Richard Greene: Democrats now face whole new ballgame

12/14/2013 12:00 AM

12/13/2013 6:37 PM

How quickly the ill winds of political fortune can change things.

Upon the occasion of President Barack Obama’s re-election, Democrats nationally were dizzy with celebration over four more years in the White House and feeling entirely certain of another eight after that.

Really, smug is a better word to describe their confidence. Hillary Clinton seemed about as much an heir apparent as anyone has ever been. The party owed her and her time had come at last.

A bit later they fantasized that even the very red state of Texas could be in play with the illusory ascendency of Wendy Davis to the governor’s office.

So much of the inevitability stemmed from women and the young. Democrats had both segments locked up and that meant there really would not be much of a contest come 2016 and beyond.

Millennials, as 18- to 25-year-olds are known, had favored Obama with 67 percent of their votes. Women rewarded him with about 55 percent of their ballots.

As is often said when a candidate has a commanding lead, it’s his or hers to lose.

Today, there are strong signals throughout the land that such a fate has befallen the party that loves more, bigger and costlier government.

Earlier this month, a study by Harvard University found that the youngest of the millennial generation no longer support the president.

No, it’s much worse than simply not supporting him. A majority of them actually favor throwing Obama out of office.

Since there is no provision for the recall of the president, they won’t have a crack at doing that, but the study reveals how much damage he and his party have sustained from these critical voters.

The cause of this turnaround may be found in Harvard’s summary of their study:

“A solid majority of Millennials disapprove of the comprehensive health reform package. Less than three-in-10 uninsured Millennials say they will definitely or probably enroll in insurance through an exchange if and when they are eligible.”

That’s double trouble, not only for the re-election of those who foisted the shocking law upon the populace, but also for the president’s signature achievement itself.

The whole financial structure of the scheme almost completely depends on healthy young Americans buying into Obamacare so there will be enough money to cover the insurance claims of the rest of the country.

The Kaiser Health Tracking Poll recently measured attitudes among women, and here’s what it discovered:

“Views among women also shifted this month, and for the first time in Kaiser tracking, the share of women with an unfavorable view outnumbered those with a favorable view by a large margin. The gap between unfavorable and favorable views among women is up 15 percentage points since last month.”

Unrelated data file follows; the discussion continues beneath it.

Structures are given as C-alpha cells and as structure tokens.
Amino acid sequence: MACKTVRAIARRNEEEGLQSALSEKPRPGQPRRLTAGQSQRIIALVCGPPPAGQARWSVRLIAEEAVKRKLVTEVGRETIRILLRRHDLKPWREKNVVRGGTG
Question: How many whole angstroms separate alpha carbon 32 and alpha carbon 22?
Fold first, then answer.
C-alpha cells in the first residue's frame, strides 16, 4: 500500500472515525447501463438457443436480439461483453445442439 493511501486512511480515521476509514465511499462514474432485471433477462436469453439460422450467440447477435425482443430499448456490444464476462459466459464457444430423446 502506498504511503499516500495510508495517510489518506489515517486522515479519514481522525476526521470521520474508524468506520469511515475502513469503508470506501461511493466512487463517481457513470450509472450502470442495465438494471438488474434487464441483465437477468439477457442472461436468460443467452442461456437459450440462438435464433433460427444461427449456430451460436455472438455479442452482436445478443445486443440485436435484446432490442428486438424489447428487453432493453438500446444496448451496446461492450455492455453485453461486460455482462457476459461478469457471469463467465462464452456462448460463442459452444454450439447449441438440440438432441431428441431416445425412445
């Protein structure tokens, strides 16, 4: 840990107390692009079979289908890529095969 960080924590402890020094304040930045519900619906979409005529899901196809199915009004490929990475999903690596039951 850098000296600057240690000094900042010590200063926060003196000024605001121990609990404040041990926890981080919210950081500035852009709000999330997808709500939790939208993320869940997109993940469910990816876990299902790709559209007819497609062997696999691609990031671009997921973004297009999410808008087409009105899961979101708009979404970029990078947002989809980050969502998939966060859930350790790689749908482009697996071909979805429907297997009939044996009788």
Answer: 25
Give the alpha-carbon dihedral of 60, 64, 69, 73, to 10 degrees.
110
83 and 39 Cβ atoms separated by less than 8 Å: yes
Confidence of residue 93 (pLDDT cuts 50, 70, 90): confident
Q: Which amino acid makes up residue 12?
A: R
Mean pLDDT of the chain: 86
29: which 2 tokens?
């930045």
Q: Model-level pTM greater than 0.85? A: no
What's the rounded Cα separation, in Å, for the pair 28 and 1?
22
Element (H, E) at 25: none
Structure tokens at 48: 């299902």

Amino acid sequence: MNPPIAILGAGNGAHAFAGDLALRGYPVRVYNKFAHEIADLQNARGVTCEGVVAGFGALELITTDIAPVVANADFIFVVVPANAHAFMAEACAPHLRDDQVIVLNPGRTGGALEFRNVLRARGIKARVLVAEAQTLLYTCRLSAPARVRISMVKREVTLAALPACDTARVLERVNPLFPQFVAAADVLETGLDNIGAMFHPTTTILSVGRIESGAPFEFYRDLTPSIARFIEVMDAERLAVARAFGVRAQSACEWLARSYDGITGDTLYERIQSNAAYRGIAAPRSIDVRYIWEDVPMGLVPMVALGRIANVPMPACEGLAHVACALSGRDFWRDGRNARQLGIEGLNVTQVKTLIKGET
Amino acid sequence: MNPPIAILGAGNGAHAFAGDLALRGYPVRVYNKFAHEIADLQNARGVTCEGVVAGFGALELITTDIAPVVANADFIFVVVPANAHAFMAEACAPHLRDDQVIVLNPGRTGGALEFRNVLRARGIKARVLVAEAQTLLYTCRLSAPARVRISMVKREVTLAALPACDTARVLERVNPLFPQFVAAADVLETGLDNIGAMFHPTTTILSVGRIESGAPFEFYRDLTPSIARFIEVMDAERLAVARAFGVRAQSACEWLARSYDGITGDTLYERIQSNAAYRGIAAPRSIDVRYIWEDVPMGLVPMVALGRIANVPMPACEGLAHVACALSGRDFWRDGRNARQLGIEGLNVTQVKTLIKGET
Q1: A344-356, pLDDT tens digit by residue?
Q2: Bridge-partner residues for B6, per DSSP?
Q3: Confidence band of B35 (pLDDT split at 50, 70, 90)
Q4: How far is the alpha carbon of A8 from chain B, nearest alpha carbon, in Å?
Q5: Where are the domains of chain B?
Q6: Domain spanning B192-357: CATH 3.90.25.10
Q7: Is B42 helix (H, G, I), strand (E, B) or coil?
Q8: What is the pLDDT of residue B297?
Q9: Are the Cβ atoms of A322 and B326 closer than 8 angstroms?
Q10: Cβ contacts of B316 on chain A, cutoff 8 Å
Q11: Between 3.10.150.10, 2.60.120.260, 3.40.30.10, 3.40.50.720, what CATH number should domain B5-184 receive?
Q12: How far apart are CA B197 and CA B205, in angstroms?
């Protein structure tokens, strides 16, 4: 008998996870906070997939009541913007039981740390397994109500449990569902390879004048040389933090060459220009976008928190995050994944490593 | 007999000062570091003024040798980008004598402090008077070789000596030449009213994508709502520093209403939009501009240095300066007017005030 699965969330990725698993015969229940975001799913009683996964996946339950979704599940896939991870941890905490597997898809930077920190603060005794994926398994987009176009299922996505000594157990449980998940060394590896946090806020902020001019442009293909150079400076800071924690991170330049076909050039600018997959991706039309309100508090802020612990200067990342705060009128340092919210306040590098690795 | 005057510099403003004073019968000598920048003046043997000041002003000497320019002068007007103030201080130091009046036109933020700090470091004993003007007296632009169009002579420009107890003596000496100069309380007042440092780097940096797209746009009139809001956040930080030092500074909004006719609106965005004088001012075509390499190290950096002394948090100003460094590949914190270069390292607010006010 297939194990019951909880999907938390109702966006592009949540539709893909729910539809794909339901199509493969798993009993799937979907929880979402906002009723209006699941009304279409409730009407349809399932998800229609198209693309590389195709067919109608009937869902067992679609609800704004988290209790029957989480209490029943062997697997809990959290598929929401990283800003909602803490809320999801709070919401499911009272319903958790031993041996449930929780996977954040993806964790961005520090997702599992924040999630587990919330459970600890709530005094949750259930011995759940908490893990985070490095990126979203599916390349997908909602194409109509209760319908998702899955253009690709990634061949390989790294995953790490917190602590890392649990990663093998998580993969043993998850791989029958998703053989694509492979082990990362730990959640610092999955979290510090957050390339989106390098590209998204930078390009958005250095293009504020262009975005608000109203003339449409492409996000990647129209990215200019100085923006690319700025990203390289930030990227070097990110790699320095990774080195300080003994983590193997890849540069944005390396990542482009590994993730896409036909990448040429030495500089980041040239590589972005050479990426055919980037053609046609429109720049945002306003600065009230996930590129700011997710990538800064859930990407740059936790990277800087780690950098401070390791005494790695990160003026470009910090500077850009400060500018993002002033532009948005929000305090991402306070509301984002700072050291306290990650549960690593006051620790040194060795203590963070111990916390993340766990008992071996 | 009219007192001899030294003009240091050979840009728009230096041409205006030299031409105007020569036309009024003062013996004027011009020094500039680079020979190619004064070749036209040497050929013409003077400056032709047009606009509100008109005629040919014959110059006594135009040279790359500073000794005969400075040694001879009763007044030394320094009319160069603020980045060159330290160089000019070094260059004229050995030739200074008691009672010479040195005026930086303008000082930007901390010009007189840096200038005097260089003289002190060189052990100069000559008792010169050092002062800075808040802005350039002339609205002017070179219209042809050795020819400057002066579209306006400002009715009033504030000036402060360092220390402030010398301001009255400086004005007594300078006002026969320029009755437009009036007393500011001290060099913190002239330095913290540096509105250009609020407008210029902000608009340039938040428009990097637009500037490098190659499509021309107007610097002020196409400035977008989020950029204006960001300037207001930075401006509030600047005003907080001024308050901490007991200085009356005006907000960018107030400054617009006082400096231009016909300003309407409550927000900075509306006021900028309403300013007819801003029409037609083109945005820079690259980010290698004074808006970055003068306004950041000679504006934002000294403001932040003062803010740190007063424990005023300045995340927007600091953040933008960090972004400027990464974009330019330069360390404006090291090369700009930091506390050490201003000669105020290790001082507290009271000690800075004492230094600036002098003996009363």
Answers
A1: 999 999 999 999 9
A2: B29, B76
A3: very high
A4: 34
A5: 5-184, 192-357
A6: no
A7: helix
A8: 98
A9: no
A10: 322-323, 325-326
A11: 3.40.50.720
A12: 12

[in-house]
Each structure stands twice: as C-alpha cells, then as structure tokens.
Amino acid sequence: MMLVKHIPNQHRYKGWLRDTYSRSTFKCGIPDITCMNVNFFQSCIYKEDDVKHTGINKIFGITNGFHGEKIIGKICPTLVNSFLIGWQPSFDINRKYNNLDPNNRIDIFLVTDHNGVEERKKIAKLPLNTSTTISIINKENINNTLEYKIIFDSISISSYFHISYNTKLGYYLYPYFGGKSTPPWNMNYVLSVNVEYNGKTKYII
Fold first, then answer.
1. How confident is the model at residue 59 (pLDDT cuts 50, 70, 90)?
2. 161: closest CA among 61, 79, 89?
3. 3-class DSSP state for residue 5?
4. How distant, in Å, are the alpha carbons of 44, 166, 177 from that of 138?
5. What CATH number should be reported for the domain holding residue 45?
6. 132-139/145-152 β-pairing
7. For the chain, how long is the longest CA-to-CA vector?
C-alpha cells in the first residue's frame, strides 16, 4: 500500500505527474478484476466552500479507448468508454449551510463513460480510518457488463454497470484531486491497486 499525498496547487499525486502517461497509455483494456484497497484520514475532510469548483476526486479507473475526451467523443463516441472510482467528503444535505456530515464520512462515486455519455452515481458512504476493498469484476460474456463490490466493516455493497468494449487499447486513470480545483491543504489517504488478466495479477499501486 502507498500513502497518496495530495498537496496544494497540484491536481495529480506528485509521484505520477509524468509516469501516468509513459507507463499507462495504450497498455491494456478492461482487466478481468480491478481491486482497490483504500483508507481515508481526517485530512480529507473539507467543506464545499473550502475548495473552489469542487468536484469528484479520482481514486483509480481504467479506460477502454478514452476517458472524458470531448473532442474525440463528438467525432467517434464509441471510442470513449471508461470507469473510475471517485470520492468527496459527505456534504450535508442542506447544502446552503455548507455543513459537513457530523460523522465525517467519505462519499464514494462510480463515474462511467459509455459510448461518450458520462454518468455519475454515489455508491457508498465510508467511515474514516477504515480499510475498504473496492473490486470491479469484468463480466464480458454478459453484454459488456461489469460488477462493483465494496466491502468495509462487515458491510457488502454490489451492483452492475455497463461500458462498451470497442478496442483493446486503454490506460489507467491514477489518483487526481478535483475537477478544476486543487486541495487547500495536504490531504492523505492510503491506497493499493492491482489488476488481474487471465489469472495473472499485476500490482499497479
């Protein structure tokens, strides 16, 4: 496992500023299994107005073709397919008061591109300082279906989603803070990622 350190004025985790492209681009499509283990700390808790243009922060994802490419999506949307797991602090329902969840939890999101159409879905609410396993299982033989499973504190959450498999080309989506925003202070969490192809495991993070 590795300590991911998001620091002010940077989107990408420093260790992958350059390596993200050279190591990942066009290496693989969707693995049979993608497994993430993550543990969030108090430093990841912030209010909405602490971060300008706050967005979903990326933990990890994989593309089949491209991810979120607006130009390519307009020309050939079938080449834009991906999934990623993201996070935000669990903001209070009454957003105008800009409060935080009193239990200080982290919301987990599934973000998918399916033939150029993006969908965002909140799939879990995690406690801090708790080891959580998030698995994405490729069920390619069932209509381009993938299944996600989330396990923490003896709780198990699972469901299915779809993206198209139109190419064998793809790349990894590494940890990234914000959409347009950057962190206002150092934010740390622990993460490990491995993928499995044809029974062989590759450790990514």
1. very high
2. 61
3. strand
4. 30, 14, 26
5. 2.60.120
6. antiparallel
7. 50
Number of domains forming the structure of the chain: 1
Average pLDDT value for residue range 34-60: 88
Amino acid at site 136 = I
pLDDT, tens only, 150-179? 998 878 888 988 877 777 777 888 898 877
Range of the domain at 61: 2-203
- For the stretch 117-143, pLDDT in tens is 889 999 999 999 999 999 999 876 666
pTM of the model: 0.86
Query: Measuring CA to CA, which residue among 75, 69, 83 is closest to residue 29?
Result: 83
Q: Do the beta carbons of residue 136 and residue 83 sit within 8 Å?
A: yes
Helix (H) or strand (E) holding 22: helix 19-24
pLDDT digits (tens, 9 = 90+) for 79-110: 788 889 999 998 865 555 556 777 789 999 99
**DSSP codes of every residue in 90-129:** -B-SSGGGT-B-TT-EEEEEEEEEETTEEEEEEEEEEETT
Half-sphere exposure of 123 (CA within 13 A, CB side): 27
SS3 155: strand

National polls currently show that Obama’s overall approval rating among women has, for the first time in his presidency, turned negative.

Yes, I know that memories are short and all may be forgiven by election time. But, if I were a Democrat, I wouldn’t be so sure of that either.

More of what is already happening will continue.

Millions will lose their current health insurance in the coming year. Some because federal powers have declared what they have to be “sub-standard,” even if it’s what they want.

Available replacement coverage will come at a higher cost, including unaffordable premiums, deductibles and copays.

Many others will also lose their doctors because some can’t or won’t accept the onerous terms of Obamacare.

Come next November, a whole new meaning to “lame duck” may be experienced by this president and his whole party. Then, the race for that office in 2016 will be for real.

About Richard Greene

Richard Greene

With long experience in government including 10 years as mayor of Arlington, an adjunct professorship in UT Arlington's School of Urban and Public Affairs and service as President George W. Bush's regional administrator for the Environmental Protection Agency, Richard Greene is an expert on public policy, politics and decision-making on issues facing North Texas.

He has strong opinions about elected officials and those who would like to join them.

Email Richard at

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